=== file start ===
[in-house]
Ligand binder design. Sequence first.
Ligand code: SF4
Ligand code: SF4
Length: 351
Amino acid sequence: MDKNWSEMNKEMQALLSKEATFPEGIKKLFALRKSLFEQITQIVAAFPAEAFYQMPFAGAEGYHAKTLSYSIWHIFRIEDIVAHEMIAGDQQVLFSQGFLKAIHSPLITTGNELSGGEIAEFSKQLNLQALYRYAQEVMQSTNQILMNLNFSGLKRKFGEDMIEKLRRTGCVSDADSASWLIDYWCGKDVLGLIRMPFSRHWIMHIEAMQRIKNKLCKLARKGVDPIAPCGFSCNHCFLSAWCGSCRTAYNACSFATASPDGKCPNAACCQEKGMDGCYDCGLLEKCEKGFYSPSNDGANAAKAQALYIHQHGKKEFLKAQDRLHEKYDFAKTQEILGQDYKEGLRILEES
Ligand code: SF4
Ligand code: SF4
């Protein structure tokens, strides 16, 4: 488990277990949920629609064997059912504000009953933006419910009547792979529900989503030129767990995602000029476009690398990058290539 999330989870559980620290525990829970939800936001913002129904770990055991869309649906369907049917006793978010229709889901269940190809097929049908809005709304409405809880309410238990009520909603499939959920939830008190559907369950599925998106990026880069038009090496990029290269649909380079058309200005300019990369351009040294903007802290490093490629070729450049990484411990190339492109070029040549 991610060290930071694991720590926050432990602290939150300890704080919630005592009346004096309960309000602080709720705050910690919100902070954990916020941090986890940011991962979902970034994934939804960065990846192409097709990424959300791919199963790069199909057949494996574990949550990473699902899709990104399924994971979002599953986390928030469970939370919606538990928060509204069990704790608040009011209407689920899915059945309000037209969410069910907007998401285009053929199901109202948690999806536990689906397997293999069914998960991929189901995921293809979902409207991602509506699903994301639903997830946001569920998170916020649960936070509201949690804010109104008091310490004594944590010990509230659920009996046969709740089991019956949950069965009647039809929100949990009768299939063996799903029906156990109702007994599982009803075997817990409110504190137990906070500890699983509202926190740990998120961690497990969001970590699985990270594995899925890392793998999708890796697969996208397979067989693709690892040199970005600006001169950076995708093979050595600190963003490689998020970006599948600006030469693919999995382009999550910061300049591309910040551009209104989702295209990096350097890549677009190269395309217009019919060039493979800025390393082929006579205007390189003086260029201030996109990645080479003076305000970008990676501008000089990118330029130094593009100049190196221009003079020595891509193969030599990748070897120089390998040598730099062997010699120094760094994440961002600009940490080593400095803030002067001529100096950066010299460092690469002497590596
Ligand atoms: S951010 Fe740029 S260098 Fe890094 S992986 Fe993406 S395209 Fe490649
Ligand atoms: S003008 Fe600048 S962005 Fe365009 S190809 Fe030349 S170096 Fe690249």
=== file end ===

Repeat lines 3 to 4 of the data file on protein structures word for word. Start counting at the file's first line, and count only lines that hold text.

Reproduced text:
Ligand code: SF4
Ligand code: SF4